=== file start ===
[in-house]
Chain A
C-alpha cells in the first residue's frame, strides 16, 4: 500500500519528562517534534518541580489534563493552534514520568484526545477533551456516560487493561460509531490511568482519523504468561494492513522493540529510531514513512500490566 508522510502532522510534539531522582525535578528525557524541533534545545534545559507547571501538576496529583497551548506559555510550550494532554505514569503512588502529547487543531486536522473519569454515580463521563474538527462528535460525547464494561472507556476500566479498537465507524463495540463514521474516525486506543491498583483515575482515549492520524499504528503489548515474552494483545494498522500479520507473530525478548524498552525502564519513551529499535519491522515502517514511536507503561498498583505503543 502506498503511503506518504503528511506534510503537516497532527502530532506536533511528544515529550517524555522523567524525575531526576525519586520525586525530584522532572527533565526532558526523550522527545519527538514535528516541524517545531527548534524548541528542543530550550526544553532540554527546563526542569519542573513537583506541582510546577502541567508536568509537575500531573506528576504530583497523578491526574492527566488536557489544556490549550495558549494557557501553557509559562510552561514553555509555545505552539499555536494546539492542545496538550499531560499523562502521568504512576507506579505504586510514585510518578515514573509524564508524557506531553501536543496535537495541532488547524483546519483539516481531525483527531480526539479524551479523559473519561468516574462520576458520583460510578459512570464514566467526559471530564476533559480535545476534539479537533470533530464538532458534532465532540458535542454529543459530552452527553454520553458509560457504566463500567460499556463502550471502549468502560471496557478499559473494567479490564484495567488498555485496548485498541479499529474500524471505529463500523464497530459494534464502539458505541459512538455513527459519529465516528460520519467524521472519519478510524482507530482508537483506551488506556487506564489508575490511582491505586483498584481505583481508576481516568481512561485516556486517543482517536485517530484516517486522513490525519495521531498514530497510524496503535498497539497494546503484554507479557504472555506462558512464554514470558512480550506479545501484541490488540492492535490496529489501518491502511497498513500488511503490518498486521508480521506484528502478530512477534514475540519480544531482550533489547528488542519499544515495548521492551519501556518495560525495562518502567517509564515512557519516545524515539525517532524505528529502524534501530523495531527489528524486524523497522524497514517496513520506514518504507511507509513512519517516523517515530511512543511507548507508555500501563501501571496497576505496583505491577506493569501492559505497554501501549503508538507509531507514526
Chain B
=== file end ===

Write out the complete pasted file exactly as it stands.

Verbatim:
[in-house]
Chain A
C-alpha cells in the first residue's frame, strides 16, 4: 500500500519528562517534534518541580489534563493552534514520568484526545477533551456516560487493561460509531490511568482519523504468561494492513522493540529510531514513512500490566 508522510502532522510534539531522582525535578528525557524541533534545545534545559507547571501538576496529583497551548506559555510550550494532554505514569503512588502529547487543531486536522473519569454515580463521563474538527462528535460525547464494561472507556476500566479498537465507524463495540463514521474516525486506543491498583483515575482515549492520524499504528503489548515474552494483545494498522500479520507473530525478548524498552525502564519513551529499535519491522515502517514511536507503561498498583505503543 502506498503511503506518504503528511506534510503537516497532527502530532506536533511528544515529550517524555522523567524525575531526576525519586520525586525530584522532572527533565526532558526523550522527545519527538514535528516541524517545531527548534524548541528542543530550550526544553532540554527546563526542569519542573513537583506541582510546577502541567508536568509537575500531573506528576504530583497523578491526574492527566488536557489544556490549550495558549494557557501553557509559562510552561514553555509555545505552539499555536494546539492542545496538550499531560499523562502521568504512576507506579505504586510514585510518578515514573509524564508524557506531553501536543496535537495541532488547524483546519483539516481531525483527531480526539479524551479523559473519561468516574462520576458520583460510578459512570464514566467526559471530564476533559480535545476534539479537533470533530464538532458534532465532540458535542454529543459530552452527553454520553458509560457504566463500567460499556463502550471502549468502560471496557478499559473494567479490564484495567488498555485496548485498541479499529474500524471505529463500523464497530459494534464502539458505541459512538455513527459519529465516528460520519467524521472519519478510524482507530482508537483506551488506556487506564489508575490511582491505586483498584481505583481508576481516568481512561485516556486517543482517536485517530484516517486522513490525519495521531498514530497510524496503535498497539497494546503484554507479557504472555506462558512464554514470558512480550506479545501484541490488540492492535490496529489501518491502511497498513500488511503490518498486521508480521506484528502478530512477534514475540519480544531482550533489547528488542519499544515495548521492551519501556518495560525495562518502567517509564515512557519516545524515539525517532524505528529502524534501530523495531527489528524486524523497522524497514517496513520506514518504507511507509513512519517516523517515530511512543511507548507508555500501563501501571496497576505496583505491577506493569501492559505497554501501549503508538507509531507514526
Chain B